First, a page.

3 RIVERS LOGISTICS, INC.; HEATH HOLBERT; AMY HOLBERT; GARY MOSS; RENEE MOSS; JUDY MCSWAIN; RICHARD F. ALLEN, JR., AND JUDY ALLEN, AS TRUSTEES OF THE 2013 ALLEN FAMILY REVOCABLE TRUST; AND RICHARD F. ALLEN, JR. APPELLANTS
BROWN-WRIGHT POST NO. 158 OF THE AMERICAN LEGION, DEPARTMENT OF ARKANSAS, INC. APPELLEE
FROM THE ARKANSAS COUNTY CIRCUIT COURT [NO. CV-16-071]
HONORABLE DAVID G. HENRY, JUDGE
D. Watson, Attorney at Law, PLLC, by: Brett D. Watson, for
Law Firm, P.A., by: Russell D. Berry and Michelle L. Jacobs,
and Wynne, JJ., join.
COURTNEY HUDSON GOODSON, Associate Justice
3 Rivers Logistics, Inc.; Heath Holbert; Amy Holbert; Gary
Moss; Renee Moss; Judy McSwain; Richard F. Allen, Jr., and
Judy Allen, as Trustees of the 2013 Allen Family Revocable
Trust; and Richard F. Allen, Jr., appeal the dismissal of
their nuisance lawsuit against appellee Brown-Wright Post No.
158 of the American Legion, Department of Arkansas, Inc. (the
Legion). For reversal, appellants argue that the circuit
court relied on an inapplicable statute to find that the
Legion enjoyed immunity from appellants' lawsuit and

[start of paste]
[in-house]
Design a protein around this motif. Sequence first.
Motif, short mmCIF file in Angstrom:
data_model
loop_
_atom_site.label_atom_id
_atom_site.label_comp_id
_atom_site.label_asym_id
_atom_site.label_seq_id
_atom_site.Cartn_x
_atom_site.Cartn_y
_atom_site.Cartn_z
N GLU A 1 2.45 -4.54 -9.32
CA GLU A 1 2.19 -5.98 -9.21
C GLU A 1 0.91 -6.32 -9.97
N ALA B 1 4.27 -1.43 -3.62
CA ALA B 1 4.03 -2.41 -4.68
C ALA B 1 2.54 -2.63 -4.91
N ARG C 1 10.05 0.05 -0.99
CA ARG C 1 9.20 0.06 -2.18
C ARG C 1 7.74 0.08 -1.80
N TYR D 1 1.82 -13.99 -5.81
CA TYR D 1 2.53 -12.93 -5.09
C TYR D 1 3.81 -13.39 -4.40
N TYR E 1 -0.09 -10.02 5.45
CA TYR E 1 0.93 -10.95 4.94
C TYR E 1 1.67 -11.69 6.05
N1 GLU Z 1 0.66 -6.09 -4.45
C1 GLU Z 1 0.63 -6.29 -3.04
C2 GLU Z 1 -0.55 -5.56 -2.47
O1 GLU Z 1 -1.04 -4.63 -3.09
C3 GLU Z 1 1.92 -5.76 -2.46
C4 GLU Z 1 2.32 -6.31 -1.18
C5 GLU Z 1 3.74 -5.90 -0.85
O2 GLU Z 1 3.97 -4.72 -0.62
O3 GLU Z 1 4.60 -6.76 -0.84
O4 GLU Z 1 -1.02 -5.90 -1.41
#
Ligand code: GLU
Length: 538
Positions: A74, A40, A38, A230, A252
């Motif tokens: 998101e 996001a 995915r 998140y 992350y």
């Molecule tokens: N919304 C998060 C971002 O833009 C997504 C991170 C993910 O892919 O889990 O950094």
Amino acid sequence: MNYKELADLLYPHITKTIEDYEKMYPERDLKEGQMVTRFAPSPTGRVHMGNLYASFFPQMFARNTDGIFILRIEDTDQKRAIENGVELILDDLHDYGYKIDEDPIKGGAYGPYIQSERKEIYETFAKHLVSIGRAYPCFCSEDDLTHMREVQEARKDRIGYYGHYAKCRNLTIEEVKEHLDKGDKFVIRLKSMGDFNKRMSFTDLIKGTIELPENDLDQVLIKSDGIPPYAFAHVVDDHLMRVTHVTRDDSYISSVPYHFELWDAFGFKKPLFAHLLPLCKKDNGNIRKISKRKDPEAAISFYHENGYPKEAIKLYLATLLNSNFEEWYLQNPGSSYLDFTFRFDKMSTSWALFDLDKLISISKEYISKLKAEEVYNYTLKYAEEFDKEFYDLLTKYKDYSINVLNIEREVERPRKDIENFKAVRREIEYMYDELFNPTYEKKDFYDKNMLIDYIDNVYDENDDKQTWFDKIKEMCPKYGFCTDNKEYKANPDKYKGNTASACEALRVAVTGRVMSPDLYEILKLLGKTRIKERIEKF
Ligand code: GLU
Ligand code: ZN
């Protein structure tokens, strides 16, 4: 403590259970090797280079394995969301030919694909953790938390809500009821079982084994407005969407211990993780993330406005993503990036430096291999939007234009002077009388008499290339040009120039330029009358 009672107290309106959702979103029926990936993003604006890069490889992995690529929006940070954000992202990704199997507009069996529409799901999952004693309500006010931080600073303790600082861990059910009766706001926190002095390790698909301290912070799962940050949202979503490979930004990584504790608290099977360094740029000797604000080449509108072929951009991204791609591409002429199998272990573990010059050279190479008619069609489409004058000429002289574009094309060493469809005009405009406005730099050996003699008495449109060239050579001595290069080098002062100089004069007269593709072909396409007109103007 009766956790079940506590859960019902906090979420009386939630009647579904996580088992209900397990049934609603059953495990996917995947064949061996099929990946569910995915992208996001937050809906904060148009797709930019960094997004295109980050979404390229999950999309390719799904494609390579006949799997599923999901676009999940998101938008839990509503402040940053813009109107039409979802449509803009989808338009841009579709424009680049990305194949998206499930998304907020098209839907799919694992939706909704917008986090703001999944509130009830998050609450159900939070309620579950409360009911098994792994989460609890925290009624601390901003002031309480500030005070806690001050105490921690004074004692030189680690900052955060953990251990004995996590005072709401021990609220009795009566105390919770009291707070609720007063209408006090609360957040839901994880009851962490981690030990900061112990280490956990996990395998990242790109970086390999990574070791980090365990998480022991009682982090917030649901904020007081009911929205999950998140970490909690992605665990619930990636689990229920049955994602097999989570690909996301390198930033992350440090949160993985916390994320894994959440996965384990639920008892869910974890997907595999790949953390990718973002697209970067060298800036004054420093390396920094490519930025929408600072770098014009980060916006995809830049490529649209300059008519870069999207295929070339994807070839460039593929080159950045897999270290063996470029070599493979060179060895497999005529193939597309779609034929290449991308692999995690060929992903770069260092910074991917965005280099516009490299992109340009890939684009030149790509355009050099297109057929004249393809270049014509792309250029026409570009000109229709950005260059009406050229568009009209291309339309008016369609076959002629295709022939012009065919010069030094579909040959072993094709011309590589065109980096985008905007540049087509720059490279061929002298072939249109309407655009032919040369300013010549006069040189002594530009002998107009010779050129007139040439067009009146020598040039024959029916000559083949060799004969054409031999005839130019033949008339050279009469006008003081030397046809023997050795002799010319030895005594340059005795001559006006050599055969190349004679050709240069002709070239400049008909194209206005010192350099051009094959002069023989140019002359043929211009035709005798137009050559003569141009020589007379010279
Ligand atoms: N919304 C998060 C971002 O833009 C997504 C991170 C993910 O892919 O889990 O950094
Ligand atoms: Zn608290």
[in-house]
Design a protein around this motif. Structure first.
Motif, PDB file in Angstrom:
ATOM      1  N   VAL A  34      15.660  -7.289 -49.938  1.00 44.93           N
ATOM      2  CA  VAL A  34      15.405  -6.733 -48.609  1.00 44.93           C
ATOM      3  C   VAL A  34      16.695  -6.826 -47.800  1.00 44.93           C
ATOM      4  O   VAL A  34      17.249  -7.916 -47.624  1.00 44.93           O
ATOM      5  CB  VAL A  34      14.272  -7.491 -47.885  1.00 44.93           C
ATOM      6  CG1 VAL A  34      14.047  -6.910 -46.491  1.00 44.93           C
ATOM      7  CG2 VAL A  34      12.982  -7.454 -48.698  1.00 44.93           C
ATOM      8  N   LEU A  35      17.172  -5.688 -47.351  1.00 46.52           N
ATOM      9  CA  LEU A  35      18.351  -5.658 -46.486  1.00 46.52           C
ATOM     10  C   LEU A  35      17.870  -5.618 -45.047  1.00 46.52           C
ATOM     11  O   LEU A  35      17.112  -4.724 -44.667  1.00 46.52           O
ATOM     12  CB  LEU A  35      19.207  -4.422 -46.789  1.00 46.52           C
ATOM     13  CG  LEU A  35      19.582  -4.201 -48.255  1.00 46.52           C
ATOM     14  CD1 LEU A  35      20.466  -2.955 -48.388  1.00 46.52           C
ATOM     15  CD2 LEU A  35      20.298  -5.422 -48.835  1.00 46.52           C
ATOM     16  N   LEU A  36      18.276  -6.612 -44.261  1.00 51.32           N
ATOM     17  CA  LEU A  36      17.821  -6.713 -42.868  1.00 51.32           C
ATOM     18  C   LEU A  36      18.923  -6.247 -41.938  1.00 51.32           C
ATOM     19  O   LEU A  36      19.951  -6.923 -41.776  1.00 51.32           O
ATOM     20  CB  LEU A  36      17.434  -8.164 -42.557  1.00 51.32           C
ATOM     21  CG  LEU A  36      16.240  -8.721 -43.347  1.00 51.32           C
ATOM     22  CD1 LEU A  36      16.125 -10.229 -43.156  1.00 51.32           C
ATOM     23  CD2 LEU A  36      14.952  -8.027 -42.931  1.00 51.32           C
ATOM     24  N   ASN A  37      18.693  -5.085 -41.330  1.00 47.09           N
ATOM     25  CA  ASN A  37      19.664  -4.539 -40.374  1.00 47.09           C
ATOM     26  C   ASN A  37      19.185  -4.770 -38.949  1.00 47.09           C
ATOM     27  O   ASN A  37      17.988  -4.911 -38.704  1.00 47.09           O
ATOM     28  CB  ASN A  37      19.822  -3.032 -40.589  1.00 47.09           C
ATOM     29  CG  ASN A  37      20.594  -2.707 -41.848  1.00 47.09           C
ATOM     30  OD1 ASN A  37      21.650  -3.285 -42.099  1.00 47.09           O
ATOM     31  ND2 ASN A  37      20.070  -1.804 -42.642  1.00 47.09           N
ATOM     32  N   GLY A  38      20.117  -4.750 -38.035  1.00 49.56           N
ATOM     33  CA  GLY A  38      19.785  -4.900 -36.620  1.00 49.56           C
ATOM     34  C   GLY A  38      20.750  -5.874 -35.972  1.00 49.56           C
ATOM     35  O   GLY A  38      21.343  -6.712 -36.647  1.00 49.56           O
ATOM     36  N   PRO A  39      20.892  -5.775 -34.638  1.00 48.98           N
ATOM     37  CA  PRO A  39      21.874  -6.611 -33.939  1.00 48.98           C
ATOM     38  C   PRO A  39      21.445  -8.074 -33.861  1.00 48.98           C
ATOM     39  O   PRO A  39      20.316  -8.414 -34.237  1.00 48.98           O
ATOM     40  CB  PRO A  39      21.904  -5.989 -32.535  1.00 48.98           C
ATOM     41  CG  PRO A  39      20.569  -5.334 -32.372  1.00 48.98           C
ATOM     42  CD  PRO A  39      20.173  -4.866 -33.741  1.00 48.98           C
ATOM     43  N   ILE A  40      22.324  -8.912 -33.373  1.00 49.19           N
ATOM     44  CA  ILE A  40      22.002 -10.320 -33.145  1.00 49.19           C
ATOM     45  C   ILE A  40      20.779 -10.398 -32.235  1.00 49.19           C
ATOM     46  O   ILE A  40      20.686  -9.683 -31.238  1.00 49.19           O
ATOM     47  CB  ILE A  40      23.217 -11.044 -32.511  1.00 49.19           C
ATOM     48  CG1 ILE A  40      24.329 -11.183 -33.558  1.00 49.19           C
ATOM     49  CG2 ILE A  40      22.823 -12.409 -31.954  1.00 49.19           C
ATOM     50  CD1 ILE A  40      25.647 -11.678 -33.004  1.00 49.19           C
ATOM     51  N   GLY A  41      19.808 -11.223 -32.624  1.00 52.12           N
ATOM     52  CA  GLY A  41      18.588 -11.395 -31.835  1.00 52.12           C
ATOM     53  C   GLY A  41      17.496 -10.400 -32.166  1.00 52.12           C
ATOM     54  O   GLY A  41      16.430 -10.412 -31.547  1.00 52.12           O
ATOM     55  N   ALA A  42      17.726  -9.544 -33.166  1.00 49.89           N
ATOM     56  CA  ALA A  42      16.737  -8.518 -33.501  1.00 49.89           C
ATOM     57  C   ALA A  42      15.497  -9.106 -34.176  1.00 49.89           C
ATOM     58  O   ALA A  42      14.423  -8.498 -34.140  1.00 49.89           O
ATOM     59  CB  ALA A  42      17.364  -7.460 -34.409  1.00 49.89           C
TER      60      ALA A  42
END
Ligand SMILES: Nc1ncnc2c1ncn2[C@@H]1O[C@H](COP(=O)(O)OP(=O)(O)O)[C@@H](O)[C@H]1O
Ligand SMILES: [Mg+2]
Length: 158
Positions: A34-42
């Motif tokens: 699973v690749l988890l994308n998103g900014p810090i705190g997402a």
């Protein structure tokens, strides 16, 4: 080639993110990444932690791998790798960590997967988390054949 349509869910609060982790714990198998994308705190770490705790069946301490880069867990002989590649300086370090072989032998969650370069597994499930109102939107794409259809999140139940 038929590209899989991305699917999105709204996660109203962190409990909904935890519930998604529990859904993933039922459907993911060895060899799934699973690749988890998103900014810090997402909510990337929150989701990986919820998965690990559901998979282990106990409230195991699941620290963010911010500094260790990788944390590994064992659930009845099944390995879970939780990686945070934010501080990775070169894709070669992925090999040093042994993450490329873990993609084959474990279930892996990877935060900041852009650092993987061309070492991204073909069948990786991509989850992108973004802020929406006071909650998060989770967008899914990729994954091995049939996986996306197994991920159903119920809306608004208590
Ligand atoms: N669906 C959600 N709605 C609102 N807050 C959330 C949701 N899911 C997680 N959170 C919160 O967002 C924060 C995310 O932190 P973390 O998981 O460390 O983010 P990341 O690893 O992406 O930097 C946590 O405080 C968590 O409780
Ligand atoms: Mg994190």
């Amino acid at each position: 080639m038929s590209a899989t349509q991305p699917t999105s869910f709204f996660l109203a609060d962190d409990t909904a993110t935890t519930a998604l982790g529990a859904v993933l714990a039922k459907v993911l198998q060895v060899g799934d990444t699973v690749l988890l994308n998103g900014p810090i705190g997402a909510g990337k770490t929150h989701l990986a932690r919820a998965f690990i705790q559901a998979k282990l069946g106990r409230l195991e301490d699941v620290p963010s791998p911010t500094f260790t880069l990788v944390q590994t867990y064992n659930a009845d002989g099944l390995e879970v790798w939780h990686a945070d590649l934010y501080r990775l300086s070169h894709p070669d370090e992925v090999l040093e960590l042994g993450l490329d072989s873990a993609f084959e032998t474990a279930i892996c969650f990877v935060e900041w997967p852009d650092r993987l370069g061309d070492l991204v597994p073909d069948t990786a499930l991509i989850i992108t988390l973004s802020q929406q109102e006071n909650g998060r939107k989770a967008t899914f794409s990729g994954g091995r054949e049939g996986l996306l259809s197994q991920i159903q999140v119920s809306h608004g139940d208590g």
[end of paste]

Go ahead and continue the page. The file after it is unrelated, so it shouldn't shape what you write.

erred in not finding the immunity statute unconstitutional.
Legion is a charitable organization that owns forty acres
located approximately five miles south of DeWitt in rural
Arkansas County. Appellant 3 Rivers Logistics, Inc., is a
trucking-logistics business operating on a tract of land
adjacent to, and to the east of, the Legion property.
Appellants Gary Moss and Renee Moss own land adjoining the
Legion land to the north. Appellants Heath Holbert and Amy
Holbert own a house and land to the north of the Moss
property. Appellant Judy McSwain lives in a house on property
across a roadway to the west of the range. Appellant Richard
F. Allen owns and operates an outboard motor-repair shop on
the same tract of land as the McSwain house. Appellants
Richard F. Allen and Judy Allen, as trustees of the 2013
Allen Family Revocable Trust, own land to the north of the
Legion began building a shooting range that included areas
designated for the use of pistols, rifles, and
shotguns. On November 2, 2016, after shooting began